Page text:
19. anxovies - Jan 31, 2012 at 9:06 AM

    I hardly ever boo players from either side, and then only when one of them does something rude or outside of the unspoken rules of the game (like throwing a short, chubby, 70 year old coach to the ground during a free-for-all, even though he shouldn’t have gotten himself involved in the donnybrook in the first place). However, I do have a rational and persuasive reason to take issue with the idea that pitchers should not throw at batters. The batters are just asking for it. They stand on top of the plate decked out with all kinds of armor on their arms and legs, dig a hole for the back foot and lean out with their heads, hands and elbows in the strike zone. Where have you gone Don Drysdale? Ooh! Ooh! Ooh! (Sorry for the imperfect meter and need some music notes here). It’s pure self defense. Barry Bonds had more armor that King Arthur and he could hit the back through the mound at 100+ mph. Take a look at where Jeter’s arms are when he is at bat. If the umpires would start calling it a strike when a batter is hit on the arm by a fastball over the middle of the plate then I might agree with you about hitting batters.

    • stlouis1baseball - Jan 31, 2012 at 3:00 PM

      Well stated Anxovies. Two thumbs up!

  20. unclemosesgreen - Jan 31, 2012 at 9:08 AM

    Heckling is part of the professional sports environment, and a huge factor in homefield advantage. Surely you aren’t saying that players don’t deserve to be heckled when they don’t hustle? Surely you aren’t saying that home crowds shouldn’t get on the opposition and try to get in their heads? So do you also disapprove of the Cameron Crazies?

    Taking a stand against throwing a hard spheroid 100 MPH at another person’s head is easy to understand, but this is ridiculous. What are you, Miss Freakin Manners? As Ron Swanson memorably told Tom Haverford when Tom was bowling granny style “Son, people can see you.”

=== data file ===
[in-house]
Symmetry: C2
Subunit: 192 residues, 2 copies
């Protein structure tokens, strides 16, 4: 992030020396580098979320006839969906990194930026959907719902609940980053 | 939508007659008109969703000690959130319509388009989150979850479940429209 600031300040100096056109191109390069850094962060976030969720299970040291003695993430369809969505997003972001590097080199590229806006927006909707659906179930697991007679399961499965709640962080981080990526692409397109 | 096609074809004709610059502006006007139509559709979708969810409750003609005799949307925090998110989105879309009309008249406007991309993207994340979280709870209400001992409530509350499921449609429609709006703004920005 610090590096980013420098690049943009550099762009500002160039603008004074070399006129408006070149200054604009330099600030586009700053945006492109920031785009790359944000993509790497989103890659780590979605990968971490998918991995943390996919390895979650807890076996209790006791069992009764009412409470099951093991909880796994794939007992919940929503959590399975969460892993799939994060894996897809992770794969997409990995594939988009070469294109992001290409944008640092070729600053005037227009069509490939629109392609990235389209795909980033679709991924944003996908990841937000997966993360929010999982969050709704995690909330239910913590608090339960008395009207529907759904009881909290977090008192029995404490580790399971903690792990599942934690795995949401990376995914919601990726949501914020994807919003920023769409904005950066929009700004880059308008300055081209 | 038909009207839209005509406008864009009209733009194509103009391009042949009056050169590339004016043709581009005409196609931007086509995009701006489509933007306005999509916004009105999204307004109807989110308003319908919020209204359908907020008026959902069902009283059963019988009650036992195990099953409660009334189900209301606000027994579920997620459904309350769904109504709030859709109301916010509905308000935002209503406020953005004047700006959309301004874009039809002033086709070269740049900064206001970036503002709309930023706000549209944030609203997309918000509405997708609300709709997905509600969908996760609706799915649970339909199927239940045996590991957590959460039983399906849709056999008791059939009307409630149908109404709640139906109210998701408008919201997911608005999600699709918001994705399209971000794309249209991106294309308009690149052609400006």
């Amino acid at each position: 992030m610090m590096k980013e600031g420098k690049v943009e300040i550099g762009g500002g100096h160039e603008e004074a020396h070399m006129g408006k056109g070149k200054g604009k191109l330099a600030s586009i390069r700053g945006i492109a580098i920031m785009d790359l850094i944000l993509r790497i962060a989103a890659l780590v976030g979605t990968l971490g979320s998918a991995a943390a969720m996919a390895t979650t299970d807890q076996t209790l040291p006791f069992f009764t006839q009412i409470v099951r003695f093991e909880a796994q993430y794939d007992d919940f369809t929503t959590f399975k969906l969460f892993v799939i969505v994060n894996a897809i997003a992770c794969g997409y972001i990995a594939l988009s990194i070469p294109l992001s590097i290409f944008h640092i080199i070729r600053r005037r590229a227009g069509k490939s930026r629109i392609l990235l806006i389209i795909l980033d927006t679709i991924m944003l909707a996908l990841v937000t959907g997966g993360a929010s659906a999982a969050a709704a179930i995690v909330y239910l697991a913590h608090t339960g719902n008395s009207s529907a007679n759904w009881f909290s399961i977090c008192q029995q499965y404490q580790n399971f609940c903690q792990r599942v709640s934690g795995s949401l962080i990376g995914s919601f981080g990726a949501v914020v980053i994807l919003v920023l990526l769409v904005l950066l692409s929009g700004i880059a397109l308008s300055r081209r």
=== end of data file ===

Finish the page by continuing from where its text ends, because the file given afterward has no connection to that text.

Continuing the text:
• unclemosesgreen - Jan 31, 2012 at 9:18 AM

      Craig I think you need to grow and moustache and spend some time in a woodshop. Make something, carve something, it will help clear your head. Take Ron Swanson as your inspiration and you will be freed to boo. Liberated, even.

  21. stex52 - Jan 31, 2012 at 9:29 AM

    Personally, I am not much of one to boo. Sometimes I have strong sympathies with the anger around me, but I just don’t get into it. My possible times to break the rule:
    1. A really bush league play where a player starts a fight or tries to hurt someone.
    2. An appalling call by an umpire that changed the course of a game (really obviously bad).
    3. A player with Boras for an agent who shafted your organization and moved on (see Beltran, Carlos).

    But booing doesn’t change the flow of anything, and if anything is harmful in case 2.

    I would never boo an opposing player who played well, even if he smashed my team’s hopes in the process. Being a baseball fan is all about loving the individual performance. My model is the 2005 Cardinal fans who applauded the Astros when they won the NLCS in StL.

    • stex52 - Jan 31, 2012 at 9:40 AM

      Here’s an exception. Watching Jeff Kent pretend to play second base for your team is enough to make anyone boo.

  22. hushbrother - Jan 31, 2012 at 9:36 AM

    I tend to agree. Athletes do not deserve to be booed. Except Mike Torrez.

  23. scoregasmic - Jan 31, 2012 at 9:47 AM

    Woah woah woah refs do not get 99.5% right…maybe 40% at the most maybe, I’ve not seen 1 ref place the ball in the right place after a play this year.

    • nategearhart - Jan 31, 2012 at 10:36 AM

      Hello hyperbole, my old friend…

  24. shawndc04 - Jan 31, 2012 at 9:55 AM

    Booing has never made a baseball player hit or pitch better; it just makes them press. I might boo an obvious lack of hustle, but never lack of performance.

    • ptfu - Jan 31, 2012 at 10:10 AM

      Booing should be saved for truly douchenozzle-riffic behavior. Think John Rocker when he first pitched in NY, Clemens throwing a splintered bat at Piazza, Pedro throwing down Zimmer. Merely having Boras as your agent, or not re-signing with your team, or being A-Rod, isn’t even close.

  25. Mark - Jan 31, 2012 at 10:01 AM

    There are usually only two times I ever boo a player:

    1) They IBB someone. I pay to watch Jose Bautista have a few AB’s in a game, not to see the pitcher throw around him to see Lind hit.

    2) Somebody makes a really stupid play. Or drops a routine flyball.

    I really don’t like when people boo when former players come back.

    • churchoftheperpetuallyoutraged - Jan 31, 2012 at 10:11 AM

      I like when columnists, usually Sox related [cough CHB cough] but I’m sure a Yankee scribe has done it as well, talk about how true fans will boo the opposing players, like Pedro, Buckner, etc, and instead they get standing ovations.

Leave Comment

You must be logged in to leave a comment. Not a member? Register now!

Top 10 MLB Player Searches
  1. B. Crawford (2837)
  2. C. Correa (2657)
  3. Y. Puig (2569)
  4. G. Stanton (2531)
  5. G. Springer (2507)
  1. H. Pence (2388)
  2. J. Hamilton (2234)
  3. H. Ramirez (2182)
  4. M. Teixeira (2124)
  5. J. Baez (2059)